My wife and I were married underneath a canopy of golden willows that my great-great grandfather planted. We held our reception across the creek inside a century old shearing shed. That space of sweat and toil, which likely had never seen celebration beyond the odd shared dram of post-shearing whisky, transformed then into a venue of jubilance. Most of our guests had never before set foot in a shearing plant, and to share an essential piece of Montana’s economic and cultural history with our wedding guests made that personal day all the more meaningful.
My parents named me after a place on our family ranch that was homesteaded by Welsh brothers. Needless to say, the ranch is not only a part of my work but an indelible part of my identity. The ranch has survived as a family-owned working landscape into my generation—the fifth—because each generation has treated it as an heirloom, as an almost sacred entity that surpasses our needs as individuals. I was brought up in an ethic of stewardship and conservation, to enhance the land whenever possible and leave it better than how we received it.
Witnessing overgrazed rangeland elsewhere, then, or farmland growing housing developments, or the disappearance of historic ranches and associated recreation opportunities stuns my sensibilities.
With a land trust, my family tackled one of these threats to our ranch. Recognizing the ease with which it could pass out of the family when faced with estate taxes, a generation’s lack of interest, or difficult economics, we crafted a conservation easement on the core ranch to preserve in perpetuity what our family holds most dear about the ranch. A future owner might neglect the responsibility of stewardship, but he may not seek financial gain at the expense of the landscape’s integrity. In effect it codifies our practice of symbiosis—manage in the best interest of the land, grass, water and the wildlife, and you will benefit from a healthy, robust ecosystem that more efficiently converts sunlight into consumable forms of energy—in our case, beef and lamb.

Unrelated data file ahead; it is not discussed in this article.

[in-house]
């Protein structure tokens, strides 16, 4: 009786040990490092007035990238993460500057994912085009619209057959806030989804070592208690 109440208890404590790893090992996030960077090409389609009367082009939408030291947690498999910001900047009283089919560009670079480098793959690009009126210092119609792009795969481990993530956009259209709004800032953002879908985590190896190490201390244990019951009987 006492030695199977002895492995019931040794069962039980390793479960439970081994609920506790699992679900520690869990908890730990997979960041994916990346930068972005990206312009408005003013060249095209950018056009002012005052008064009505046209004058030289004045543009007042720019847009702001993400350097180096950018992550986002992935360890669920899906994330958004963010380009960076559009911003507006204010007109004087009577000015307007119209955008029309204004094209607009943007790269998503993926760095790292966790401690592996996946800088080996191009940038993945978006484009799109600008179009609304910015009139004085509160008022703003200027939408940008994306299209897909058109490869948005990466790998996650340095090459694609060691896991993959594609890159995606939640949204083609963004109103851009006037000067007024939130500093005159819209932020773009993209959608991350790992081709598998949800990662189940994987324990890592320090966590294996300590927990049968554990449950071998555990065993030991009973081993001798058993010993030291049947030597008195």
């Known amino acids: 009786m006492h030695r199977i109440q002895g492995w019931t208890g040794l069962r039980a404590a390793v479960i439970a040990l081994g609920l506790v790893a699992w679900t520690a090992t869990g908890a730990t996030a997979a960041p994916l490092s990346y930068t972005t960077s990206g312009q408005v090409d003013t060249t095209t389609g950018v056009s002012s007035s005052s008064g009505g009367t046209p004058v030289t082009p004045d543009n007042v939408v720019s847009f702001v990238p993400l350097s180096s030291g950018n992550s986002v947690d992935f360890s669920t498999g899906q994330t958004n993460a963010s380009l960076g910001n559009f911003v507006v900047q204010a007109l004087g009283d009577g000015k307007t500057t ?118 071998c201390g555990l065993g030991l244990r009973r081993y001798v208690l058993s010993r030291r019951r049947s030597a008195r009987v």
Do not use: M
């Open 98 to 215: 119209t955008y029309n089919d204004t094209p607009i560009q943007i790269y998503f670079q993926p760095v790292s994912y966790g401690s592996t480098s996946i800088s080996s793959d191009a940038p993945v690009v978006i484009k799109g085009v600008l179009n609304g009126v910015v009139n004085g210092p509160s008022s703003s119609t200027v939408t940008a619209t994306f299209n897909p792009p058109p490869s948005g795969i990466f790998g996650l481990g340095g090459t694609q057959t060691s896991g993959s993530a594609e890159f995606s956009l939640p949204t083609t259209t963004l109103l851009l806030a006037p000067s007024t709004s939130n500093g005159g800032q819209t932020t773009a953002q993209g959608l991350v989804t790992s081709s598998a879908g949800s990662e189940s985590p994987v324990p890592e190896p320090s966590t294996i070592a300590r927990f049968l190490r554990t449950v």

Our ranch is but one small part of this magnificent region. And the threats we face are no less cruel in other areas.
I had the opportunity to join Western Sustainability Exchange in 2009, and I did so with enthusiasm because I believe strongly in the organization’s purpose and method. The same mission my family and I have for the landscape in our charge, WSE has for the Northern Rockies region. It affects stewardship and sustainability on a landscape scale, in means accessible by consumers.
I work on my family’s ranch because I love the land, the lifestyle, the stewardship, the legacy. I work for WSE because I care about preserving all that’s best about Montana and the Northern Rockies, that my daughter and her offspring may enjoy the same bounty.
There’s no telling if our historic sheep sheds will weather another generation. But we can ensure that the land will remain—open, intact, healthy, and supporting a diversity of wildlife, flora, and hopefully too ranch families. That, after all, is my family’s vision. It’s the vision of Western Sustainability Exchange.